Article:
Our Campus Security Officers…an Integral Part of MVHS Culture

“If you have this job thinking it’s just a security job, you’re in the wrong field,” Campus Security Officer Renteria pointed out. “If you don’t like people or like kids, you’re in the wrong position.”

Free public education is a right for everyone in the U.S, regardless if we all take advantage of it or not. Safety within this education is essential.

Who are the people that make sure we’re safe? Well, they are more than just the people that tell us to go to class. What is their role? To keep us safe.

They are our campus security officers, and they do not get enough credit.

The relationship between us, the students, and our fellow CSO’s should consist of mutual respect. After all, we are both here to fulfill a purpose. We’re working for us and they’re working for us.

What many students may not know, is the campus supervisors underwent a rigorous training that made them certified campus security officers, on top of any additional training they have held prior. This training allowed them to take action, when necessary, to protect the school and themselves.

And quite frankly, their job requires them to face any danger that presents itself on campus, for our sake. They are the front line and that, at the very least, should be a source of respect.

While some students view the CSOs as strictly authority figures, at the end of the day, a lot of what they do is for our well being.

While most kids may see a tough or serious look on their faces, one CSO in particular, is known for his friendliness and jokes. If you’re wondering where the joy comes from, this is why he began this job in the first place.

“My motivation was working with kids,” CSO Troy Reagans said. “I’ve always worked with kids… just talking to people, getting to know people, just being who I am.”

Respect is a key characteristic between students and authority figures, without it, communicating effectively is immensely difficult.

Lorie Batiste, an experienced CSO, understands the importance of this communication.

“I always try to come at the students in a way that I would want them to respond to me,”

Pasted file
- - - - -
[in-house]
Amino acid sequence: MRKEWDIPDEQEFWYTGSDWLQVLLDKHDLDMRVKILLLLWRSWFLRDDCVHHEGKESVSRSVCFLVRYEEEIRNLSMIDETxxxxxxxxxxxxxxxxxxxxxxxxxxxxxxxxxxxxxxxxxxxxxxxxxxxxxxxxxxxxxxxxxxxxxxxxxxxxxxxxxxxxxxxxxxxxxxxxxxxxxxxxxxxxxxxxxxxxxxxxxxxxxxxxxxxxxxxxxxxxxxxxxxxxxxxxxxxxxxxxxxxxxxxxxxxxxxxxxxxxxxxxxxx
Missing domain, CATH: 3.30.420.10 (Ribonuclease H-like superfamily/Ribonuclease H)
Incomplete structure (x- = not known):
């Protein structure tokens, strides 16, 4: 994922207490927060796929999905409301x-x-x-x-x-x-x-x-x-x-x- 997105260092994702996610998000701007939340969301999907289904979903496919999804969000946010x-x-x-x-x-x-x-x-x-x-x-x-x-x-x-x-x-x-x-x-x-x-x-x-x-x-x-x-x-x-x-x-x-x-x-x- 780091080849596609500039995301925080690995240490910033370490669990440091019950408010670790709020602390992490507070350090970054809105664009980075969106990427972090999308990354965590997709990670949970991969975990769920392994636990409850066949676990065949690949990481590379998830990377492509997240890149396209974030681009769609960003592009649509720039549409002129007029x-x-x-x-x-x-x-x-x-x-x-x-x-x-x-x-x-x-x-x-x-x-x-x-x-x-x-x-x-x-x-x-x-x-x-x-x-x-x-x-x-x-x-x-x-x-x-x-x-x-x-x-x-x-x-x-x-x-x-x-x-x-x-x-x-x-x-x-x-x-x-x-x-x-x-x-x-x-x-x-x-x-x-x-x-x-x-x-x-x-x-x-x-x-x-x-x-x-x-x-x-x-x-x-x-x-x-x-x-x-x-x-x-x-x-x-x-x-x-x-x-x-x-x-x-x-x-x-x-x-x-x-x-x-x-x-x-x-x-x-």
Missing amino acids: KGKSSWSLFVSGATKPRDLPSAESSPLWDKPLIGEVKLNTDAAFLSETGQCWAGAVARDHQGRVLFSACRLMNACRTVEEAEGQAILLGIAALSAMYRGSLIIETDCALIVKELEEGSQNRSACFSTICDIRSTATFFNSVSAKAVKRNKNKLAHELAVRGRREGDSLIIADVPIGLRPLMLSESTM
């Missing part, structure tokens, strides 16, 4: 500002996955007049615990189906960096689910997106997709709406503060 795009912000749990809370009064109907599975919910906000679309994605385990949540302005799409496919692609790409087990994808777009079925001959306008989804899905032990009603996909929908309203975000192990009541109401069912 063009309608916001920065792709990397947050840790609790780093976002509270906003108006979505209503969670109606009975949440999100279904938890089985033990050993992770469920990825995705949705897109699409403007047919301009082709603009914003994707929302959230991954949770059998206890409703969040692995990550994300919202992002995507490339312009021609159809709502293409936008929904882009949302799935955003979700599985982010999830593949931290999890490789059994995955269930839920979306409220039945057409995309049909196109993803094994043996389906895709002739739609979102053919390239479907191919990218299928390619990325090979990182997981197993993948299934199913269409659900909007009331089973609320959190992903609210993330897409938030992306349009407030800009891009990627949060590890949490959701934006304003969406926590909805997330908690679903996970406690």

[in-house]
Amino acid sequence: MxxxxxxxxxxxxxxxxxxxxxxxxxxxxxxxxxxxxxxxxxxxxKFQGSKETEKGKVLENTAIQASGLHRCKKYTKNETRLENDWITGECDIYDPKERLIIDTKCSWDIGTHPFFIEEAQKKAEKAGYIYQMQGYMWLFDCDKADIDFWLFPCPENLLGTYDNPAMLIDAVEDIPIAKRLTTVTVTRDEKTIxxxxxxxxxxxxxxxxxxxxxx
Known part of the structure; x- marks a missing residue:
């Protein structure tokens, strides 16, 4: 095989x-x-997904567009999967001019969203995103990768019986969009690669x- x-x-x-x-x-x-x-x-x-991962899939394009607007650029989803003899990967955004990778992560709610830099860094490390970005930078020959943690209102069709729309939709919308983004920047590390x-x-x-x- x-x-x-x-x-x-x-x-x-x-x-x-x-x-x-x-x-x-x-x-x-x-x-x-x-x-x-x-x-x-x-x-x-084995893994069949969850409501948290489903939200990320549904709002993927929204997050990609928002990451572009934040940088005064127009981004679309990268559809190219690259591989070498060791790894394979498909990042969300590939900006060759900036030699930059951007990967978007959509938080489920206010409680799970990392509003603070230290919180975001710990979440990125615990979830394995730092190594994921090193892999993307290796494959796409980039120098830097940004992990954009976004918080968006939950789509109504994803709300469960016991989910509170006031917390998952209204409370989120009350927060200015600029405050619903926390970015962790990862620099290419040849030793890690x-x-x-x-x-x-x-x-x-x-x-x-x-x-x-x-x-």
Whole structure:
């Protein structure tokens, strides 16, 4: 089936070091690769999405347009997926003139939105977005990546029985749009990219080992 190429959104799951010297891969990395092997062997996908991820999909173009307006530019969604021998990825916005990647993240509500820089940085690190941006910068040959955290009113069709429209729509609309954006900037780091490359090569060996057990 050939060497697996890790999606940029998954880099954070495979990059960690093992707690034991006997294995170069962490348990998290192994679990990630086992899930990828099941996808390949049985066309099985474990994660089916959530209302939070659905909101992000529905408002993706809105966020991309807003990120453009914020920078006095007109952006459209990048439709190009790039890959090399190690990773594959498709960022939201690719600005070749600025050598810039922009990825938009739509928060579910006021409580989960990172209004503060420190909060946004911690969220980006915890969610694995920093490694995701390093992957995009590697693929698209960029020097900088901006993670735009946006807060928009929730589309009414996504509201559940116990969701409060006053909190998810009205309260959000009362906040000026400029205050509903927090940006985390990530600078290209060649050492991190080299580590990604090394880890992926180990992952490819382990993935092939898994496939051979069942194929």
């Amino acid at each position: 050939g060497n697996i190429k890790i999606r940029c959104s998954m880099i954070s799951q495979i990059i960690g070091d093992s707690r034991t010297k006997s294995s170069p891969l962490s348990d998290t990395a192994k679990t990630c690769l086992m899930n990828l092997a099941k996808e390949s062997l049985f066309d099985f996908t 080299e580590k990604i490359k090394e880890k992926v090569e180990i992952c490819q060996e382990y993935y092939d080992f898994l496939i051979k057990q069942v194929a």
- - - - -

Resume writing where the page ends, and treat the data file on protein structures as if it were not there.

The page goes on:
Batiste stated. “My role to the students is to uplift them and hopefully encourage them to make it through these four years and get their diploma.”

This is the support that we need, and if something dangerous where to potentially happen, these are the people we go to confide in. They are on our side.

There was a CSO I wanted to interview, however, the opportunity did not arise. This is because every time I wanted to approach him, I saw that he was preoccupied serving students with various needs. I saw him around campus twice, and both times I heard him say encouragingly to two different students, “Stay strong.”

A part of me thought he may have initially spoke with those students and knew they were going through something. I come to understand that he may have not known their struggles, but knew we all carry internal battles and while those two words may not defeat them, they encourage us to keep fighting.

Once I heard his encouraging words, his motivation for being here was clear to me.

At one point, all CSOs were high schoolers too. There is a reason they decided to come back to this place, there was a desire that needed to be fulfilled, and in one way or the other, it has to do with us.

CSO and coach Mike Renteria, has been involved with the school for many years, and still plans to continue further as a teacher and/or behavioral specialist.

“I know that our students come to our site with different things going on in their life, from all walks of life,” Renteria said. “You have to be sensitive to that nature and understand that kids are coming to school, I could be the one positive person they know.”

CSOs are just as important as teachers, administrators, and all other staff on campus.

“It’s not just security,” Renteria said. “It’s mentoring, it’s educating, it’s support.. it’s all that support for the students needs.… you have to have a general love for children as well and their well-being.”